Mar 20 2006
Washington, DC –U.S. Senator Dianne Feinstein (D-Calif.) today outlined legislation to reduce America’s emissions of greenhouse gases in order to minimize the impact of climate change on the Earth, while safeguarding our economy.
The legislation is currently being circulated as a discussion draft in anticipation of the April 4 Senate Energy Committee Climate Conference convened by Senators Pete Domenici (R-N.M.) and Jeff Bingaman (D-N.M.). It would establish a mandatory, cap-and-trade system that stops and then reverses the amount of greenhouse gases that are emitted over time. When the bill is fully implemented, America’s greenhouse gas emissions would be reduced by 7.25 percent of today’s emissions levels (reduced by 516 million metric tons of carbon dioxide).
“The clock is ticking on global warming,” Senator Feinstein said. “If we do not slow, stop, and reverse global warming soon, we will do irreparable harm to the world around us. When fully implemented, this legislation would reduce emissions of greenhouse gases by 516 million metric tons of carbon dioxide a year. This is the equivalent of taking 111 million passenger cars off the road for one year. So this would be a major step in the right direction.
The evidence continues to mount that harmful global warming is occurring. Polar ice caps and mountain glaciers are melting, seas are warming and rising. Weather patterns are changing, with devastating consequences.
That’s why we must act now, but in a responsible way. This legislation sets up a framework to begin reducing greenhouse gas emissions and stabilizing our climate, while safeguarding our economy, ensuring continued U.S. competitiveness, and allowing the agriculture and forestry sectors to earn revenue for helping the environment.
There are many who want us to sit on our hands and do nothing. But this is the one thing that we absolutely cannot afford to do. So I have developed legislation -- building on the fine work of others, including Senators McCain, Lieberman, Bingaman, and Domenici, and efforts underway in California – that I think makes an important contribution to the debate.”
Strong Economy and Climate Protection Act
What Others are Saying
"We applaud Sen. Feinstein's leadership to advance global warming solutions and we're pleased to see a provision to protect wildlife from the effects of global warming included in her bill. We look forward to working with her to further develop the draft bill and advance effective global warming legislation."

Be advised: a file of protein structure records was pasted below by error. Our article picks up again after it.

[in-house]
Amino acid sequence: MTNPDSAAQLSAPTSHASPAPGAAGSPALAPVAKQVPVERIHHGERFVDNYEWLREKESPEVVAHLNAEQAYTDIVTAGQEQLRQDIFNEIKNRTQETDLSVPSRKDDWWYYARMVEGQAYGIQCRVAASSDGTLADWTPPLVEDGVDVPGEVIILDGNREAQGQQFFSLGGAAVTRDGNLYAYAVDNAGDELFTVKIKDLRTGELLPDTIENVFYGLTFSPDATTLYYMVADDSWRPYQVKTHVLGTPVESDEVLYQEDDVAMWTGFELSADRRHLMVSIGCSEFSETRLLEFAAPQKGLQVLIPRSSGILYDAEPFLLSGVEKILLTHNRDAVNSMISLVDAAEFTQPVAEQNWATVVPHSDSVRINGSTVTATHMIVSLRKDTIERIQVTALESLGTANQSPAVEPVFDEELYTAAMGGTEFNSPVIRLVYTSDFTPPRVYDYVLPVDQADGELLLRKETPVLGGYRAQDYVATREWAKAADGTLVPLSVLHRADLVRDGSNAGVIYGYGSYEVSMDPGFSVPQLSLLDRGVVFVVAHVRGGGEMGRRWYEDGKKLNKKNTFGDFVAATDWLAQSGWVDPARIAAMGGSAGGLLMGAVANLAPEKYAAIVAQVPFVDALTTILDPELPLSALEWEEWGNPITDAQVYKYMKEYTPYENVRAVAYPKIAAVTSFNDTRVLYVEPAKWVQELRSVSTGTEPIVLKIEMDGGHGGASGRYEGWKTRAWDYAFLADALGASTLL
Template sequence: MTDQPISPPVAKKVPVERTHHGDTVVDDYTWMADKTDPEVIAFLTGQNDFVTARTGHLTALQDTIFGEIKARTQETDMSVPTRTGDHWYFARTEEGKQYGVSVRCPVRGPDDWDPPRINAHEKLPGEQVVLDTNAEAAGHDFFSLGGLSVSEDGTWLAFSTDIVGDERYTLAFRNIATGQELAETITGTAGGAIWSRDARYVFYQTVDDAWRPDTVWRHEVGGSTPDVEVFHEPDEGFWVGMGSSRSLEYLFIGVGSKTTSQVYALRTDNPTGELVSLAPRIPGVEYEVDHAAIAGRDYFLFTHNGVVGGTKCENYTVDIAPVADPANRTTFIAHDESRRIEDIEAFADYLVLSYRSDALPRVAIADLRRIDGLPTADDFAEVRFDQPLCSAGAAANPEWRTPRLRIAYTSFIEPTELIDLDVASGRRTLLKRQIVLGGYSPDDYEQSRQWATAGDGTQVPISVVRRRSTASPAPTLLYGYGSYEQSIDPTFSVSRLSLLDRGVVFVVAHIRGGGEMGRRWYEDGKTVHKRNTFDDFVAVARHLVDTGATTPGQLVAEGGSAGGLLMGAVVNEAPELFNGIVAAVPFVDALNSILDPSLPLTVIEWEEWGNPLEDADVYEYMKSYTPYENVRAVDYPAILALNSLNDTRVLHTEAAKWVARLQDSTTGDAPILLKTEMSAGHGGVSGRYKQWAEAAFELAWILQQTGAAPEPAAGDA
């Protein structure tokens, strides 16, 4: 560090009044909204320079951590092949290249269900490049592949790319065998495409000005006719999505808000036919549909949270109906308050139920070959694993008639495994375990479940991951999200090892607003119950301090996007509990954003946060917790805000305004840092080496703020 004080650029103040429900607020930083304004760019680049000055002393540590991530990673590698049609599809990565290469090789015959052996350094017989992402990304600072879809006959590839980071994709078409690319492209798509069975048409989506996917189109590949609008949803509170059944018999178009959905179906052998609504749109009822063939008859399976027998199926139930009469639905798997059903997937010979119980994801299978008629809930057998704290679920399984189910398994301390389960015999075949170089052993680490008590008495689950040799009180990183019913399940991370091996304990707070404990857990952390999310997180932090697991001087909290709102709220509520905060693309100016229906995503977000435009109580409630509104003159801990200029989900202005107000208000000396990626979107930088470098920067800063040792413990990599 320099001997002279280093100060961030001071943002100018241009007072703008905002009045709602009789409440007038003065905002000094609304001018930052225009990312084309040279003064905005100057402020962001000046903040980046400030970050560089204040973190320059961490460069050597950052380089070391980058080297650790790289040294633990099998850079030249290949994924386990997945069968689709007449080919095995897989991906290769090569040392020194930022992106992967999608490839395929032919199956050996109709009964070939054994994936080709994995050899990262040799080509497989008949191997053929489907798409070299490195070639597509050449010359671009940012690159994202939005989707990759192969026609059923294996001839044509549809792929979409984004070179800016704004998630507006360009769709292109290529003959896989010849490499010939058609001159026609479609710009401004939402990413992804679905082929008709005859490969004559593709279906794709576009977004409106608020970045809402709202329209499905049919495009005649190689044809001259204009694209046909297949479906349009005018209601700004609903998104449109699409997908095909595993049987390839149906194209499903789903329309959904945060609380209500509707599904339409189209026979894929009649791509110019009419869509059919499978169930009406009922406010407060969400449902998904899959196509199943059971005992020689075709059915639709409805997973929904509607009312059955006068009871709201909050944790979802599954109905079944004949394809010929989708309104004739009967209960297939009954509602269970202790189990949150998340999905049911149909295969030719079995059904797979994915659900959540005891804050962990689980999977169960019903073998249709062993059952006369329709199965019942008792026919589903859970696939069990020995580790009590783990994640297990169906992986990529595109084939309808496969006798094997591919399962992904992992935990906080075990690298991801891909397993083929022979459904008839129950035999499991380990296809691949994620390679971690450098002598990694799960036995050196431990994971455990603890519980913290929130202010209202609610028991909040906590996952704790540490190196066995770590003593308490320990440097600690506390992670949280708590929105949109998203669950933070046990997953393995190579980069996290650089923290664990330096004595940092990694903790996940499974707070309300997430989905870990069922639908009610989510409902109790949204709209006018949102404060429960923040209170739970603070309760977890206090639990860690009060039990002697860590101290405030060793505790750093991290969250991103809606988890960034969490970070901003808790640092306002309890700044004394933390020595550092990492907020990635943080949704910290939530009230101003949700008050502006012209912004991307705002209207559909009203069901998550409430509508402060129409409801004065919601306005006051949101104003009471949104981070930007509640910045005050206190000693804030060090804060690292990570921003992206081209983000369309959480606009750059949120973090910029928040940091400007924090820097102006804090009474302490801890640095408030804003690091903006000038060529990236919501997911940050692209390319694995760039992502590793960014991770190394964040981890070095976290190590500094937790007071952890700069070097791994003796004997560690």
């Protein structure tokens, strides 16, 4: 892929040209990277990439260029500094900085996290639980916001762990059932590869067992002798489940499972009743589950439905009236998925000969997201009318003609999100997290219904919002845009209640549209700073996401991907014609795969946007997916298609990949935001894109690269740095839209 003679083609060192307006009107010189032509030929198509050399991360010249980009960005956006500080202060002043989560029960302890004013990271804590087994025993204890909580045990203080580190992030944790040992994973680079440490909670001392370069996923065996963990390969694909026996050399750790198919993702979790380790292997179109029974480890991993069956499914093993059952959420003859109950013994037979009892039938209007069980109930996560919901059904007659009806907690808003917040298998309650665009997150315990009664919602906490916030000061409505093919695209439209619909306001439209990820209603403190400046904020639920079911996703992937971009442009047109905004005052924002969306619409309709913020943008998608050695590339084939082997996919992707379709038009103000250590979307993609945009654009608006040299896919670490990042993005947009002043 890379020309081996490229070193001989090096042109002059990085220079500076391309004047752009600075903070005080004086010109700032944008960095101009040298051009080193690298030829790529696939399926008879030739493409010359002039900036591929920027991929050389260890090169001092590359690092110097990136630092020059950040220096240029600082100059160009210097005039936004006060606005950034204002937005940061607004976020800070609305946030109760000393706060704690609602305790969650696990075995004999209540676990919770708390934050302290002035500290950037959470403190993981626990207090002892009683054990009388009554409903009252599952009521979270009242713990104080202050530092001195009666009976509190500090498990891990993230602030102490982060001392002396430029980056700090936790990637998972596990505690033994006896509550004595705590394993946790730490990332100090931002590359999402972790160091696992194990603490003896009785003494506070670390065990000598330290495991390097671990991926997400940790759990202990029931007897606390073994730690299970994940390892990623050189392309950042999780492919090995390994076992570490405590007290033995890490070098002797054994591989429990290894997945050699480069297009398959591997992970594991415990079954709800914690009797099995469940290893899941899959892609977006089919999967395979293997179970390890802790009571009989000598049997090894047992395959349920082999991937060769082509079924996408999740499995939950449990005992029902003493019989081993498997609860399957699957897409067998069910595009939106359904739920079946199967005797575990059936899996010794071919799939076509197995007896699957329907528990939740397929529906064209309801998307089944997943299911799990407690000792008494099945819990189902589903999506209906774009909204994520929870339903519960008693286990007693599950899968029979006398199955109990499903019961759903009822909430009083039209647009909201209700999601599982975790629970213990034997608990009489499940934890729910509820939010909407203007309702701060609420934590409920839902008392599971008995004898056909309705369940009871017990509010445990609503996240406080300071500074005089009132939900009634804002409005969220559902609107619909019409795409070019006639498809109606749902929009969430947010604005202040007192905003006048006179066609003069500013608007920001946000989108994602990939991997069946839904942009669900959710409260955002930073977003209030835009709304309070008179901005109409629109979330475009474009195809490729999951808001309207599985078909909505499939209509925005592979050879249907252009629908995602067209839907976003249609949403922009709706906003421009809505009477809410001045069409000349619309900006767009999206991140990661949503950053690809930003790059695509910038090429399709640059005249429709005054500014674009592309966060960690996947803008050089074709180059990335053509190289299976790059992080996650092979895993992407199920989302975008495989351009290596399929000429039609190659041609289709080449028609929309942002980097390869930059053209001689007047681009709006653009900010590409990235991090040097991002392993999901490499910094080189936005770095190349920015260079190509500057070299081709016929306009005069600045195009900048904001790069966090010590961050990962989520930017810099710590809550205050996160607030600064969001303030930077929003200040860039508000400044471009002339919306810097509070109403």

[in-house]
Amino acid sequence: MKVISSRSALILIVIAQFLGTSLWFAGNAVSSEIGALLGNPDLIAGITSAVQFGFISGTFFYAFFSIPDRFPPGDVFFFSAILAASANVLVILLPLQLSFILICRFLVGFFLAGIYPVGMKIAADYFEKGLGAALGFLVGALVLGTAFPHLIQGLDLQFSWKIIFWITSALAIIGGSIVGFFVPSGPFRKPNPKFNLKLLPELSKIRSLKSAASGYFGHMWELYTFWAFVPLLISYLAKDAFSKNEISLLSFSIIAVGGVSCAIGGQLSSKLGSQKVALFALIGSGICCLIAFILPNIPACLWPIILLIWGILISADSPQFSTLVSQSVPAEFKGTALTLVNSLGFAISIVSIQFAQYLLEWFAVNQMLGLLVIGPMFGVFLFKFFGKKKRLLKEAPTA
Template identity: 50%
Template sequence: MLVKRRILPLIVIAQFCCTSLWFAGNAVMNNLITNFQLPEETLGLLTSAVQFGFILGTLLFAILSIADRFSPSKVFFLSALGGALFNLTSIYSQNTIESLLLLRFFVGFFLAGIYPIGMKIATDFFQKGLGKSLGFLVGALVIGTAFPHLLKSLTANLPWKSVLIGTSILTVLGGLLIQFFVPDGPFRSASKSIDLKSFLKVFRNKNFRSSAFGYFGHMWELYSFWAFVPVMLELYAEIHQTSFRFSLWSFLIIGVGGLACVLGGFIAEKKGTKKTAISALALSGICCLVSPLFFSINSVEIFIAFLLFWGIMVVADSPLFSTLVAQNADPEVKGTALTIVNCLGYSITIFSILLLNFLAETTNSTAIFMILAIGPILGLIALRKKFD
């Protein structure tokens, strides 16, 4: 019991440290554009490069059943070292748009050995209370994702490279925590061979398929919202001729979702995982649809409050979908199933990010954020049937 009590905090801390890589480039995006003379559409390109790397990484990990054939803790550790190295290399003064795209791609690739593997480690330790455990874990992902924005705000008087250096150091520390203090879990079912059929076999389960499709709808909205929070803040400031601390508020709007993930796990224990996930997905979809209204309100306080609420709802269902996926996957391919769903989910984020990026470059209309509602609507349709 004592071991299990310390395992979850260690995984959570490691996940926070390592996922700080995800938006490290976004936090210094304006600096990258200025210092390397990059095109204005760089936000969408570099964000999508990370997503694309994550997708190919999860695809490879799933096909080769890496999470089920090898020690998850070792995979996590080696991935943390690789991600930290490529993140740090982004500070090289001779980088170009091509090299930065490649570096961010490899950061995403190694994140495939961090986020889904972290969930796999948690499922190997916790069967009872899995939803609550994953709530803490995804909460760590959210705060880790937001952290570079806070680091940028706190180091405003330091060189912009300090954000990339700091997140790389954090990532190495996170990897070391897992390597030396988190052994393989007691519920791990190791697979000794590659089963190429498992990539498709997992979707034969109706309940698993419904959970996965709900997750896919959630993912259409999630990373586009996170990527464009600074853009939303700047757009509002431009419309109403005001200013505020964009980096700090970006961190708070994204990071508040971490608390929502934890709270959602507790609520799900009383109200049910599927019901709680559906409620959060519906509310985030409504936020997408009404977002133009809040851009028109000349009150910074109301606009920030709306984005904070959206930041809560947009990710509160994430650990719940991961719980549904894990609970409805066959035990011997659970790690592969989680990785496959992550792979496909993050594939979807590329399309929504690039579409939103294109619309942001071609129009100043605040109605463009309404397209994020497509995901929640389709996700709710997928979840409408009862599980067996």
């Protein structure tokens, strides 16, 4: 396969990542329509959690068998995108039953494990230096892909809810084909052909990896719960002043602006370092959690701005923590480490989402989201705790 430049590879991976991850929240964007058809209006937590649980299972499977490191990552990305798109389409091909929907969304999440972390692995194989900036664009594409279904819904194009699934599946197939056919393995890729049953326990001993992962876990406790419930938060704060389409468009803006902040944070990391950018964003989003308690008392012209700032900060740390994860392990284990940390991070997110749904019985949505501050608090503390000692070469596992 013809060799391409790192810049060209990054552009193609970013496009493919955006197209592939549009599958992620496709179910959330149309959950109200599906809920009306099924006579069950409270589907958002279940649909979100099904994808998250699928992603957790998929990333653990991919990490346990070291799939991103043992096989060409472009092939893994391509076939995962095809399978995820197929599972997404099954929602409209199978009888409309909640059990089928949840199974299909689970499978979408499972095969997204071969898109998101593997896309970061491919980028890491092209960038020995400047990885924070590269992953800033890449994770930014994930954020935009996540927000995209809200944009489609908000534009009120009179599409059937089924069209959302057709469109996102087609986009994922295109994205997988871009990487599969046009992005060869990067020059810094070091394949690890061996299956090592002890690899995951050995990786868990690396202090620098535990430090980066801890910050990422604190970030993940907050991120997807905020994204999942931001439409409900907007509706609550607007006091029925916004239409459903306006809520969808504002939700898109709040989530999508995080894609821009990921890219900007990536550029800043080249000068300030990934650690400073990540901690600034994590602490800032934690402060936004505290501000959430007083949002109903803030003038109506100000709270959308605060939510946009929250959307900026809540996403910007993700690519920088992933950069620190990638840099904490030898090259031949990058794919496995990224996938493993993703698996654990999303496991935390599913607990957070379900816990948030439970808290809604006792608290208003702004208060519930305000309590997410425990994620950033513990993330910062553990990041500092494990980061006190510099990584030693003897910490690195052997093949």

Larry Schweiger, President and CEO of the National Wildlife Federation.
"We appreciate Senator Feinstein's leadership on climate change and look forward to working with her to encourage U.S. industries, particularly the power sector, to pursue new, high-efficiency, low-emitting technologies, products, and practices. "
Steven Kline, VP- Corporate Environmental and Federal Affairs of PG&E Corporation
THE PEW CENTER ON GLOBAL CLIMATE CHANGE
ON SEN. FEINSTEIN'S
DRAFT STRONG ECONOMY AND CLIMATE PROTECTION ACT OF 2006
“The Pew Center on Global Climate Change applauds the leadership of Sen. Dianne Feinstein and others who are working toward the development of a national greenhouse gas cap-and trade program. Sen. Feinstein's draft Strong Economy and Climate Protection Act of 2006 includes many of the elements the Center would recommend in such a program, including:
- a modest initial GHG emissions cap that is gradually strengthened over time;
- a mechanism that would insure against temporarily high costs, but at the same time allow no increase in GHG emissions over the long term;
- financial support for innovative low-carbon technologies;
- a focus primarily on large stationary sources of GHGs (known as a "downstream" focus, as opposed to an "upstream" focus, which would primarily address the producers of fossil fuels); and
- the ability of facilities to fully offset their emissions with real verifiable GHG reduction and sequestration performed by entities not otherwise covered by the program.
The Center looks forward to working with the Senator and Congress to refine the bill, especially by:
- expanding access to international GHG markets and refining the set of farming and forestry practices that could be used as offsets;
- incorporating a mechanism, such as tradable corporate average emission standards, to address GHG emissions from transportation sources, in place of the requirement that oil producers submit allowances;
- assisting covered facilities in their transition to the program by providing a high percentage of allowances at no cost, at least in the initial years of the program; and
- strengthening provisions aimed at minimizing competitiveness impacts to potentially vulnerable industry sectors (i.e., energy-intensive industries whose goods are traded internationally).”
Strong Economy and Climate Protection Act
Top Indicators of Global Warming
(Citations Available Upon Request)
1) Melting of polar ice caps – As temperatures warm, the poles are beginning to melt.